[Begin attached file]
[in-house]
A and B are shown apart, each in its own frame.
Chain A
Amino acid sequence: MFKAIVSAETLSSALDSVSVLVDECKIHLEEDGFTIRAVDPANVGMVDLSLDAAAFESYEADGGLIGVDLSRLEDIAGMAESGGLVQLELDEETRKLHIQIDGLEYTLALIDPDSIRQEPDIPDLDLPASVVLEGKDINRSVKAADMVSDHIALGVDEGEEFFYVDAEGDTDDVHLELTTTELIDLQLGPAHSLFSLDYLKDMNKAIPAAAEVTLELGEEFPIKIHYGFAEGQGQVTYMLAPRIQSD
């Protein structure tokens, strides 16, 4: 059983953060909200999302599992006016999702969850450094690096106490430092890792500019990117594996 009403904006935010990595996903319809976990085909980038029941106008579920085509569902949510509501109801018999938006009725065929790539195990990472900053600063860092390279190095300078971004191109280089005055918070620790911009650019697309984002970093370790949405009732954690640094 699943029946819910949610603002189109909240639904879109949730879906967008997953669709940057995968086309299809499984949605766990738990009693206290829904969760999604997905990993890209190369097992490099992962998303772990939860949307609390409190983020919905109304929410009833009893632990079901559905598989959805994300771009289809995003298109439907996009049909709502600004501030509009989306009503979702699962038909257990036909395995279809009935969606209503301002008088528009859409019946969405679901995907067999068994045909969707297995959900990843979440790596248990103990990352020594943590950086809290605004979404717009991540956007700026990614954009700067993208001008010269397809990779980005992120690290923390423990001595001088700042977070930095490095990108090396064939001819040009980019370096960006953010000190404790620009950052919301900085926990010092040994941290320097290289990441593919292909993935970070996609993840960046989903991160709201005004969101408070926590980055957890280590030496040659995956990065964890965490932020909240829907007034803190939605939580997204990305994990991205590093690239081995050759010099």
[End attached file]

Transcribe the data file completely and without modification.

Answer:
[in-house]
A and B are shown apart, each in its own frame.
Chain A
Amino acid sequence: MFKAIVSAETLSSALDSVSVLVDECKIHLEEDGFTIRAVDPANVGMVDLSLDAAAFESYEADGGLIGVDLSRLEDIAGMAESGGLVQLELDEETRKLHIQIDGLEYTLALIDPDSIRQEPDIPDLDLPASVVLEGKDINRSVKAADMVSDHIALGVDEGEEFFYVDAEGDTDDVHLELTTTELIDLQLGPAHSLFSLDYLKDMNKAIPAAAEVTLELGEEFPIKIHYGFAEGQGQVTYMLAPRIQSD
């Protein structure tokens, strides 16, 4: 059983953060909200999302599992006016999702969850450094690096106490430092890792500019990117594996 009403904006935010990595996903319809976990085909980038029941106008579920085509569902949510509501109801018999938006009725065929790539195990990472900053600063860092390279190095300078971004191109280089005055918070620790911009650019697309984002970093370790949405009732954690640094 699943029946819910949610603002189109909240639904879109949730879906967008997953669709940057995968086309299809499984949605766990738990009693206290829904969760999604997905990993890209190369097992490099992962998303772990939860949307609390409190983020919905109304929410009833009893632990079901559905598989959805994300771009289809995003298109439907996009049909709502600004501030509009989306009503979702699962038909257990036909395995279809009935969606209503301002008088528009859409019946969405679901995907067999068994045909969707297995959900990843979440790596248990103990990352020594943590950086809290605004979404717009991540956007700026990614954009700067993208001008010269397809990779980005992120690290923390423990001595001088700042977070930095490095990108090396064939001819040009980019370096960006953010000190404790620009950052919301900085926990010092040994941290320097290289990441593919292909993935970070996609993840960046989903991160709201005004969101408070926590980055957890280590030496040659995956990065964890965490932020909240829907007034803190939605939580997204990305994990991205590093690239081995050759010099």